The production of Autoclaved Aerated Concrete (AAC) is growing rapidly because it is fire resistant, lightweight and a better insulator.
In a previous article, we discussed in detail the areas where aerated concrete can be used and how it is preferred because it is so much lighter than traditional concrete. We also touched on the raw materials it contains and the manufacturing process. Now, we will discuss the advantages of using white cement in the production of aerated concrete instead of gray cement. You can read the first article in the series here
What are the Benefits of Using White Cement in the Manufacture of Aerated Concrete?
The preliminary curing process is one that consumes a significant amount of time and energy in the production of autoclaved aerated concrete. In this study, white cement was used as one of the raw materials to manufacture autoclaved aerated concrete instead of gray Portland cement. The aim was to reduce the preliminary curing time, obtain a lighter and more economical product and increase production capacity. The experiments were conducted at the Çimsa R&D Center Formülhane. The goal was to improve the mechanical properties of the product by using white cement. In addition to improving product strength, we also aimed to reduce product density, achieve higher insulation values and a product that is whiter and easier to work with.
Characteristics of Cement Used in the Production of Aerated Concrete
In the manufacture of autoclaved aerated concrete, the chemical reaction (expansion) begins when the paste is poured into the forms, which is when the preliminary curing process begins. The preliminary curing process takes 4-5 hours with autoclaved aerated concrete made using gray Portland cement. By using Cem I 52.5 R white cement, our aim was to reduce the curing time and obtain a concrete which hardens enough to cut in a shorter time. The results of the gray and white cements used in the study are provided in Table 1.
Table 1. Strength under Pressure and Time to Onset of Hardening
Aerated Concrete Experiments
Autoclaved aerated concrete paste mixtures were prepared with two different types of cement. The reference gray Portland cement was used, and the performance of mixtures with white cement in different proportions (100%, 90%, 80% and 60%) was evaluated. The water/additive ratio was kept constant for mixtures with a reduced amount of cement. All of the mixtures were moved to the preliminary curing areas and measured until they reached a pre-specified level of hardness suitable for cutting.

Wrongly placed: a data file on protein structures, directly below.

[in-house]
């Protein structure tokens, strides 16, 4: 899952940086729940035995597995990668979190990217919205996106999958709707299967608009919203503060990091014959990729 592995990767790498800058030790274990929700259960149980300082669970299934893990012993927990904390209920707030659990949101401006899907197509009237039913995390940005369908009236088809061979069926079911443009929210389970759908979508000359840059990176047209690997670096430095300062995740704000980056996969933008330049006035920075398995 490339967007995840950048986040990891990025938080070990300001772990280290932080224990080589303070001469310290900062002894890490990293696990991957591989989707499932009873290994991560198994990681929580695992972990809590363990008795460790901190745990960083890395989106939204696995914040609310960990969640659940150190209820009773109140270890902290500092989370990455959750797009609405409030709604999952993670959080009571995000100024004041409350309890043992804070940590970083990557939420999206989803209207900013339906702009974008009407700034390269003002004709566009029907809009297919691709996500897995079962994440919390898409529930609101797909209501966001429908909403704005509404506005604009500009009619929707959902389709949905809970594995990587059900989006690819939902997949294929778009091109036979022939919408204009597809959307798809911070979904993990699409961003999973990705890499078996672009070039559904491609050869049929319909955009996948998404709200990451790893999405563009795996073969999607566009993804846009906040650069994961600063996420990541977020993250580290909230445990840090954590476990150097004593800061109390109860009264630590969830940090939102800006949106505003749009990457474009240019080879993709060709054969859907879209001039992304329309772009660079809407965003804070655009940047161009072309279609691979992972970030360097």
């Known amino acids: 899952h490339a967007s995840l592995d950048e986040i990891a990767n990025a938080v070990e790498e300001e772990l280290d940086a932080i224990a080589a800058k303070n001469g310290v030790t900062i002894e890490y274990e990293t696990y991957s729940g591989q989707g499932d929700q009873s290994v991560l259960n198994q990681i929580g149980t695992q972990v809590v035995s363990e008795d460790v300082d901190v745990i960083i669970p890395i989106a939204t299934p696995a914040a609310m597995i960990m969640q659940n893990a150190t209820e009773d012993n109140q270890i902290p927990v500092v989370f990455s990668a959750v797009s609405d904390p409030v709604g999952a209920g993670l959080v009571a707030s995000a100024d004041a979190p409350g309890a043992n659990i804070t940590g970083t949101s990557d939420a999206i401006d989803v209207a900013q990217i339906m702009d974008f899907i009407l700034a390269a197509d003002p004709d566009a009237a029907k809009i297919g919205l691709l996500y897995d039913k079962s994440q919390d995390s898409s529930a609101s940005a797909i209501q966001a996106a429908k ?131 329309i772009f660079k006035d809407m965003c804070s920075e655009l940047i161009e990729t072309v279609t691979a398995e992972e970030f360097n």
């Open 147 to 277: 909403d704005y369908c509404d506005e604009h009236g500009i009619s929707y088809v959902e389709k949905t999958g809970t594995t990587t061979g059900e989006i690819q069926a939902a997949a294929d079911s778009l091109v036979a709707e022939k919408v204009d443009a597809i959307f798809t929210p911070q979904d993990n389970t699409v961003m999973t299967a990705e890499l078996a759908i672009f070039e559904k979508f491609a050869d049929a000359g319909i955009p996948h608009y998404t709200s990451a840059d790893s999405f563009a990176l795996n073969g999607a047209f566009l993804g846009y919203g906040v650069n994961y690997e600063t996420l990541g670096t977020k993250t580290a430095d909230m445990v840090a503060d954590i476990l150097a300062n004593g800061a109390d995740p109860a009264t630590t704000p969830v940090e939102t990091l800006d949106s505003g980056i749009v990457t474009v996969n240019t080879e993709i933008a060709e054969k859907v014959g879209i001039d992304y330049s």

Table 2. Preliminary Curing Process for Aerated Concrete Cake
Cake height was similar to the reference mixture when cutting hardness was reached.
The amount of cement in the mixtures was reduced, and the effect that this reduction had on mechanical performance was examined. A sample was taken from the cake when it reached the desired cutting hardness in order to identify the phases that affect preliminary curing time, and phase analysis was performed using the XRD-Rietveld method.
The most important phase that provides strength in the production of autoclaved aerated concrete is the tobermorite phase. All of the mixtures that contained white cement achieved higher Tobermorite + Portlandite phases than that made with gray cement.
After reaching cutting hardness, the mixtures were put in the autoclave. Then, all of the mixtures were measured for dry density and strength under pressure. The A factor which demonstrates the relationship between dry density and strength under pressure was calculated.
Table 3. Strength and Dry Density Values of the Final Aerated Concrete Product
The final strength of autoclaved aerated concrete is also related to the cement phases and the hydrates of the final product. The amount of hydration was determined using the XRD-Rietveld method in order to identify the relationship between strength and final product hydration analysis resulting from the use of white cement.
Table 4. Aerated Concrete Final Product XRD Phase Amount (%)
Whiteness was also measured in the final autoclaved aerated concrete block product.
Table 5. Analysis of Whiteness (%) in Aerated Concrete Final Product
Results of Aerated Concrete Experiments:
In the mixture where white cement was reduced by 20%, the preliminary curing process was reduced by approximately 30%. In addition, the whiteness value of the final product increased 11% with the use of white cement. The strength of the products made using white cement was higher than those made with the reference product even though less cement was used. The XRD analysis supported the results for the ratio of phases that affect strength.
Advantage of Using White Cement in the Manufacture of Aerated Concrete
In conclusion, using white cement instead of gray cement in the manufacture of autoclaved aerated concrete offers a number of advantages. Based on the parameters of preliminary curing and cutting hardness, using white cement to manufacture autoclaved aerated concrete provides advantages both in terms of the process and the final product. The preliminary curing process with autoclaved aerated concrete takes places between 50-55 oC. This temperature is achieved using natural gas. By reducing the amount of time required for preliminary curing, we also reduce the amount of natural gas used and therefore the amount of CO2 released into the atmosphere. In addition, by reducing the amount of cement used by 20%, CO2 emissions are reduced even further indirectly.
- Turkish Autoclaved Aerated Concrete Association
- Portland Cement Association